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This week, Arianna Huffington and Martha Stewart took to the stage at the San Jose Convention Center where they were keynote speakers at the Quickbooks Connect conference.
As reported in the San Francisco Chronicle, to an audience largely made up of owners and representatives from small businesses, both women discussed what they felt were the important attributes of being successful CEOs, with one striking common theme – take time out. It’s been pointed out that this might be hard advice to swallow from two multi-millionaire, high-achieving business people who have the resources to draw on to enable them to step away from the heat for a while, and I’m sure that is the case.
However, I’d also argue that it’s really more about mindset, not just from the point of view of being so fiercely driven to succeed, but because we are so thoroughly – and as it can feel, inescapably – connected through our smartphones, tablets and laptops. To quote Huffington, “Technology can liberate us … or technology can enslave us if we feel we have to be always connected.” And we don’t make it easy on ourselves in casting the technological chains aside. According to the 2014 Deloitte Digital Democracy survey, the number of “digital omnivores” – US consumers who own a laptop, smartphone and tablet is on the rise – up to 37% from 26% in 2012.
Additionally, 90% of these digital omnivores are on social networks, which they check up to a staggering 20 times a day. It stands to reason that if you are on your devices so often, and only one click away from checking work and personal emails, that it’s going to be hard to resist the temptation not to.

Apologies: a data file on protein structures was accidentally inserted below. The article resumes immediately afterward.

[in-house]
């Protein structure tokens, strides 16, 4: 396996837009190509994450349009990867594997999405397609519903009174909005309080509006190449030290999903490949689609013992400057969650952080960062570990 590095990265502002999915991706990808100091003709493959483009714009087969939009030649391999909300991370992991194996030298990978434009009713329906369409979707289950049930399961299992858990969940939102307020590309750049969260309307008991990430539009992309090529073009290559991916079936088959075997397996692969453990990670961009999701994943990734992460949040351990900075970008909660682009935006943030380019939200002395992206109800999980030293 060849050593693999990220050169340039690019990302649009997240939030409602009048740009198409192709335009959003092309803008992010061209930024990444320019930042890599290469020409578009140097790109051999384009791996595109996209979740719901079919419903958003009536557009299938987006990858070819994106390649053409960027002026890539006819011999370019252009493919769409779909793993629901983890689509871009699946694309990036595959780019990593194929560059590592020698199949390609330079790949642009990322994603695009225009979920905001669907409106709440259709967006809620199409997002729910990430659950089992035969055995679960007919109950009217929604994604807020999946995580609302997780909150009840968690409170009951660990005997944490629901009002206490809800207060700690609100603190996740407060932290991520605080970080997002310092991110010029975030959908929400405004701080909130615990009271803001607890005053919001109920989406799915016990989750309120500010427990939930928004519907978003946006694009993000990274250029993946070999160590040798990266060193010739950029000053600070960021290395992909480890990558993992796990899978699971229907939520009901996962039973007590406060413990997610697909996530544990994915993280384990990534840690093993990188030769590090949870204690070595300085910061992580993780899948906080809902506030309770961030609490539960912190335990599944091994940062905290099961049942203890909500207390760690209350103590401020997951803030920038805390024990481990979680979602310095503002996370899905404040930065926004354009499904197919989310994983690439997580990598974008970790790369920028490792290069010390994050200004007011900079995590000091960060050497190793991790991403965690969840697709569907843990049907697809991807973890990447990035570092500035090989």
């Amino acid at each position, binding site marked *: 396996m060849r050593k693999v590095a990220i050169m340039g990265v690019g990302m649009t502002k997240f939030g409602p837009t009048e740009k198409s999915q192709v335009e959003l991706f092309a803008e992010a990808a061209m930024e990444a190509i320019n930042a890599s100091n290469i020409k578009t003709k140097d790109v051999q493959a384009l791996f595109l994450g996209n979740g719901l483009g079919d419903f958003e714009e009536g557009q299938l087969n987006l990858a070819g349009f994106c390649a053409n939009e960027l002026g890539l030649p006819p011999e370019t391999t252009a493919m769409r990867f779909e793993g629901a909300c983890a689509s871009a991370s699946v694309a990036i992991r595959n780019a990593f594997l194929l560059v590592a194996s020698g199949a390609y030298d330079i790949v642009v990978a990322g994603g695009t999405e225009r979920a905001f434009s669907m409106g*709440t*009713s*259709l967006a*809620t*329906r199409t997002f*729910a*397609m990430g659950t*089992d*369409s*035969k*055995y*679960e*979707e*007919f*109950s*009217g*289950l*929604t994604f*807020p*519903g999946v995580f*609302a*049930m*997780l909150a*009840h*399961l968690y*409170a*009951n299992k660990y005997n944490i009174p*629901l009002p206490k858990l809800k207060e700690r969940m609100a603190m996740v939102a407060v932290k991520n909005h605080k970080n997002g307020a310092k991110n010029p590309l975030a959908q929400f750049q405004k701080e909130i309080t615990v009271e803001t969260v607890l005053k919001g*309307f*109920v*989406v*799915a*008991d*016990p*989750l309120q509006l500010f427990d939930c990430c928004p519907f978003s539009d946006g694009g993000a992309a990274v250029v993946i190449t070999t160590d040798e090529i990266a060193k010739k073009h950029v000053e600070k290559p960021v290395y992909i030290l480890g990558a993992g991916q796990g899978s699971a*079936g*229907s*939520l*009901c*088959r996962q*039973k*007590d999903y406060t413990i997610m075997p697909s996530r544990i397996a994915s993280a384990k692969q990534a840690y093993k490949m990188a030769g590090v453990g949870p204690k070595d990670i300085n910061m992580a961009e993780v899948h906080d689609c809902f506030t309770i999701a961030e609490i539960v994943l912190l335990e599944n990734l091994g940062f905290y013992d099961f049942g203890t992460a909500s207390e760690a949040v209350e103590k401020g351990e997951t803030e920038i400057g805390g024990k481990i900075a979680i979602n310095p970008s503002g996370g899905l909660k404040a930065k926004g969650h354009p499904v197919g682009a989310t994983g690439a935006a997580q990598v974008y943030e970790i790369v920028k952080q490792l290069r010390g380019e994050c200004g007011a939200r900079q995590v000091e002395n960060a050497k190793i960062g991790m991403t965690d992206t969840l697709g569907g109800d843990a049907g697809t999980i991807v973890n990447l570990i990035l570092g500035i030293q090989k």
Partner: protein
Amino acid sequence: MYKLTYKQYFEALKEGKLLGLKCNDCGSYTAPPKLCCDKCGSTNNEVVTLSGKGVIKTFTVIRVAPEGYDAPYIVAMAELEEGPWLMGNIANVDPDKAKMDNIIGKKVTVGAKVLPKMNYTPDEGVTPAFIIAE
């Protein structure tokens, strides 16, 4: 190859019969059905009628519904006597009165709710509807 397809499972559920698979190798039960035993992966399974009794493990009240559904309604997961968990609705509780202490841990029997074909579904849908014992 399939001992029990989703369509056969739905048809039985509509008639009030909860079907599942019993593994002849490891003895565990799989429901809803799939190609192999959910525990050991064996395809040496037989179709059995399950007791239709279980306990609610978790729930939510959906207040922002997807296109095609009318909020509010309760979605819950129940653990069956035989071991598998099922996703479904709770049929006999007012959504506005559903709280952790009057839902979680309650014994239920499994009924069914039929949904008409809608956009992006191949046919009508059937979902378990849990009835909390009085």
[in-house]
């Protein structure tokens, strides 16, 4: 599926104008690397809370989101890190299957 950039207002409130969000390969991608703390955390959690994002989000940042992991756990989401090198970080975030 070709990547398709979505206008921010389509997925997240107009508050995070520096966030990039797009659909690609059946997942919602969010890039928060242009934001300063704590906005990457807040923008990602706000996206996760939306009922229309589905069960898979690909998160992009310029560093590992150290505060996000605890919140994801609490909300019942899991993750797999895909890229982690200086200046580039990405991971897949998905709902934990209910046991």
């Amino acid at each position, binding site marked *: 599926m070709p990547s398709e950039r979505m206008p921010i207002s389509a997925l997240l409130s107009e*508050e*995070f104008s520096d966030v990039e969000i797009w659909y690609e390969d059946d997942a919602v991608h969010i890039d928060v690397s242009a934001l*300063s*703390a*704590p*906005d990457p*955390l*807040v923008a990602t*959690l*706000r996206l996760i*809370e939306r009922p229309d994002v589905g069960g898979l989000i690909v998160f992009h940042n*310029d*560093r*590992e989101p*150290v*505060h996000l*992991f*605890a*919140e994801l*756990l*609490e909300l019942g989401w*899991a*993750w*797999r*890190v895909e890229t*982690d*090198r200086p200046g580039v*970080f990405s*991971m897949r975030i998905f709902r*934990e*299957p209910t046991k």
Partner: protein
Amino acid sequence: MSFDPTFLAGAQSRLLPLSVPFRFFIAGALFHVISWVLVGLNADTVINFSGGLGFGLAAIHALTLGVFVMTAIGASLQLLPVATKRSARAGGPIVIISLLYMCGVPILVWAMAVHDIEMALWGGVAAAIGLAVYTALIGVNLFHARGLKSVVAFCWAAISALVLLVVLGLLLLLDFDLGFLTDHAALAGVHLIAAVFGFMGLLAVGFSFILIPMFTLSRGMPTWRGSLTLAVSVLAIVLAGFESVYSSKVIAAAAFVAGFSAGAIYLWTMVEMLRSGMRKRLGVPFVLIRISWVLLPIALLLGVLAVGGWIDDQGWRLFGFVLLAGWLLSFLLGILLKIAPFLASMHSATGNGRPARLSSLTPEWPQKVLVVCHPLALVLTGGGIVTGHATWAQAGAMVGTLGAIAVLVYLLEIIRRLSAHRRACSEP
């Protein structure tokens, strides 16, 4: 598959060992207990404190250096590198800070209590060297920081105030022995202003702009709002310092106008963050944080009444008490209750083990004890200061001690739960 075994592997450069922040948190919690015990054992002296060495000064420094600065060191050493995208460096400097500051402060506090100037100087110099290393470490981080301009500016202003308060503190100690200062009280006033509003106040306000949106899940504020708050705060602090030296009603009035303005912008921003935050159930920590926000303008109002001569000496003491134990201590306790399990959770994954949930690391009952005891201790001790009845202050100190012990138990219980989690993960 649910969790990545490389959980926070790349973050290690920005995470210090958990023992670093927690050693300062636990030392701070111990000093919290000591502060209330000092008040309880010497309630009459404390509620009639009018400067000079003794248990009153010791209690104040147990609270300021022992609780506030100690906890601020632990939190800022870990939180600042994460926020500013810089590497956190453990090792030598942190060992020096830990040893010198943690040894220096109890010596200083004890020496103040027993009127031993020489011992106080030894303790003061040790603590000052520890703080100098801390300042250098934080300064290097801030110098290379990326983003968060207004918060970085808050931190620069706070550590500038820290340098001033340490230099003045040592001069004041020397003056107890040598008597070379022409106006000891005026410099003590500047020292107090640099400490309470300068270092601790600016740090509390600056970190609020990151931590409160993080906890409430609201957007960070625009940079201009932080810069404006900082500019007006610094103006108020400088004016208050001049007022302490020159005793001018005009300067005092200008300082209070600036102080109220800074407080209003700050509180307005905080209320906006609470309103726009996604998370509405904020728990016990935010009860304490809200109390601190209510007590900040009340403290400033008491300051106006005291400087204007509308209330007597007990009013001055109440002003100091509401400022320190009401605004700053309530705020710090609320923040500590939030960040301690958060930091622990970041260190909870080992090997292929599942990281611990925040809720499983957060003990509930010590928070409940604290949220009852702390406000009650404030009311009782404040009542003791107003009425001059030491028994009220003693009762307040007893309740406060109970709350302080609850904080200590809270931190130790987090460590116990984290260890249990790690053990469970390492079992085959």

Another quote from Huffington’s speech that stood out for me was that “If you are not texting, you are not as important as… [people texting as they walk]… are because you can afford to just walk.” But as CEO of a company where time is essentially the currency we deal in, I think there’s genuine fallibility in being constantly engaged, constantly available. There needs to be time for reflection, for thoughts to form and strategies to be realized. Of course be available for your clients’ needs, but not to what ultimately results in poorer client service. So to echo these two titans of business, I urge everyone to find some time to unplug when you can and to step back in a way that works for you.
As I mentioned, email is one of the chief mischief-makers when it comes to sapping away our online time. This week Google announced a new app called Inbox designed to make email a much more efficient means of communication. Right now – in a move I’m sure will generate both annoyance and interest in the app – it is available via invitation only, before a wider roll-out. Key features include Bundles where things like receipts and bank statements are automatically bundled together, Highlights which, surprise surprise, highlights key information such as flight itineraries and events, and –even brings in useful information from the web that wasn’t on the original message, such as real-time flight information (a feature I’m excited to try). It also has a feature that Google is coining ‘Your to-dos on your own terms’ – essentially an all-singing, all dancing centralized to-do list. Look out for a review in the coming weeks, and if you’re going to be an Inbox user, we’d love to hear what you think of it. For my part, I’m hoping it’s an efficiency enabler and not another distraction app distracter.
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